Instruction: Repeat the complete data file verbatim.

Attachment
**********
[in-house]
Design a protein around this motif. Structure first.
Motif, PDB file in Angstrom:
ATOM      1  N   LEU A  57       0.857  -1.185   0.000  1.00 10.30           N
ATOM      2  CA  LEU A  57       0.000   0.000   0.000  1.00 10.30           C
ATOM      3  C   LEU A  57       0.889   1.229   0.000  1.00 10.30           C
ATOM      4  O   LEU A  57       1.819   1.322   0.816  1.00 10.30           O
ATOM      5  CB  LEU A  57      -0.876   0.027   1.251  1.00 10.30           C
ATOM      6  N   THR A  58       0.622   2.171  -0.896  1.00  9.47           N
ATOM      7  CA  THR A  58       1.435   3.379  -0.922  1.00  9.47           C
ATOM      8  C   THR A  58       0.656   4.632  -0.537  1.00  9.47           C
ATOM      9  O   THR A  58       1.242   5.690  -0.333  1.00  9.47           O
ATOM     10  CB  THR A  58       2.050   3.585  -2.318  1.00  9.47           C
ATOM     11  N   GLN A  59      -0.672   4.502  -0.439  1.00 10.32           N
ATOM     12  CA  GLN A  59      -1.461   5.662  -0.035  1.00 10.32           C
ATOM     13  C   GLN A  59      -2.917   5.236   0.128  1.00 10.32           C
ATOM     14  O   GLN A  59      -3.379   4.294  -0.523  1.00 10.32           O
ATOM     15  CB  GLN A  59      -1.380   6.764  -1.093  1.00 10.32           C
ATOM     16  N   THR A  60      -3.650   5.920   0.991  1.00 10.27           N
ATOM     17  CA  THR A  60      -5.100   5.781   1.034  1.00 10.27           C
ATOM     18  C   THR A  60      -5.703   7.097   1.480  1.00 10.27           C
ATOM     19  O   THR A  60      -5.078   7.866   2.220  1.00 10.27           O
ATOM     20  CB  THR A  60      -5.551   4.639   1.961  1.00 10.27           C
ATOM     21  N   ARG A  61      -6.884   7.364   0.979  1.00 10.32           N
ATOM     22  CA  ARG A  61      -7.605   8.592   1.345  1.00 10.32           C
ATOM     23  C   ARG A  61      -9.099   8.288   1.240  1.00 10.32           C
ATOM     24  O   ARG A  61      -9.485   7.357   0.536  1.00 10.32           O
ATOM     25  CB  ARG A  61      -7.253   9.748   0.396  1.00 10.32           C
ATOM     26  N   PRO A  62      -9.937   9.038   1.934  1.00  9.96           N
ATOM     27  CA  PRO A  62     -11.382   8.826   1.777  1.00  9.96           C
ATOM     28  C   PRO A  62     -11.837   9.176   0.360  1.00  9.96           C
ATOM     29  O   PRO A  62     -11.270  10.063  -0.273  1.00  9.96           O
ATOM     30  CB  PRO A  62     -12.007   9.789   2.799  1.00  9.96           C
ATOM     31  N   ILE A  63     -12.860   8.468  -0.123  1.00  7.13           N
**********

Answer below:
[in-house]
Design a protein around this motif. Structure first.
Motif, PDB file in Angstrom:
ATOM      1  N   LEU A  57       0.857  -1.185   0.000  1.00 10.30           N
ATOM      2  CA  LEU A  57       0.000   0.000   0.000  1.00 10.30           C
ATOM      3  C   LEU A  57       0.889   1.229   0.000  1.00 10.30           C
ATOM      4  O   LEU A  57       1.819   1.322   0.816  1.00 10.30           O
ATOM      5  CB  LEU A  57      -0.876   0.027   1.251  1.00 10.30           C
ATOM      6  N   THR A  58       0.622   2.171  -0.896  1.00  9.47           N
ATOM      7  CA  THR A  58       1.435   3.379  -0.922  1.00  9.47           C
ATOM      8  C   THR A  58       0.656   4.632  -0.537  1.00  9.47           C
ATOM      9  O   THR A  58       1.242   5.690  -0.333  1.00  9.47           O
ATOM     10  CB  THR A  58       2.050   3.585  -2.318  1.00  9.47           C
ATOM     11  N   GLN A  59      -0.672   4.502  -0.439  1.00 10.32           N
ATOM     12  CA  GLN A  59      -1.461   5.662  -0.035  1.00 10.32           C
ATOM     13  C   GLN A  59      -2.917   5.236   0.128  1.00 10.32           C
ATOM     14  O   GLN A  59      -3.379   4.294  -0.523  1.00 10.32           O
ATOM     15  CB  GLN A  59      -1.380   6.764  -1.093  1.00 10.32           C
ATOM     16  N   THR A  60      -3.650   5.920   0.991  1.00 10.27           N
ATOM     17  CA  THR A  60      -5.100   5.781   1.034  1.00 10.27           C
ATOM     18  C   THR A  60      -5.703   7.097   1.480  1.00 10.27           C
ATOM     19  O   THR A  60      -5.078   7.866   2.220  1.00 10.27           O
ATOM     20  CB  THR A  60      -5.551   4.639   1.961  1.00 10.27           C
ATOM     21  N   ARG A  61      -6.884   7.364   0.979  1.00 10.32           N
ATOM     22  CA  ARG A  61      -7.605   8.592   1.345  1.00 10.32           C
ATOM     23  C   ARG A  61      -9.099   8.288   1.240  1.00 10.32           C
ATOM     24  O   ARG A  61      -9.485   7.357   0.536  1.00 10.32           O
ATOM     25  CB  ARG A  61      -7.253   9.748   0.396  1.00 10.32           C
ATOM     26  N   PRO A  62      -9.937   9.038   1.934  1.00  9.96           N
ATOM     27  CA  PRO A  62     -11.382   8.826   1.777  1.00  9.96           C
ATOM     28  C   PRO A  62     -11.837   9.176   0.360  1.00  9.96           C
ATOM     29  O   PRO A  62     -11.270  10.063  -0.273  1.00  9.96           O
ATOM     30  CB  PRO A  62     -12.007   9.789   2.799  1.00  9.96           C
ATOM     31  N   ILE A  63     -12.860   8.468  -0.123  1.00  7.13           N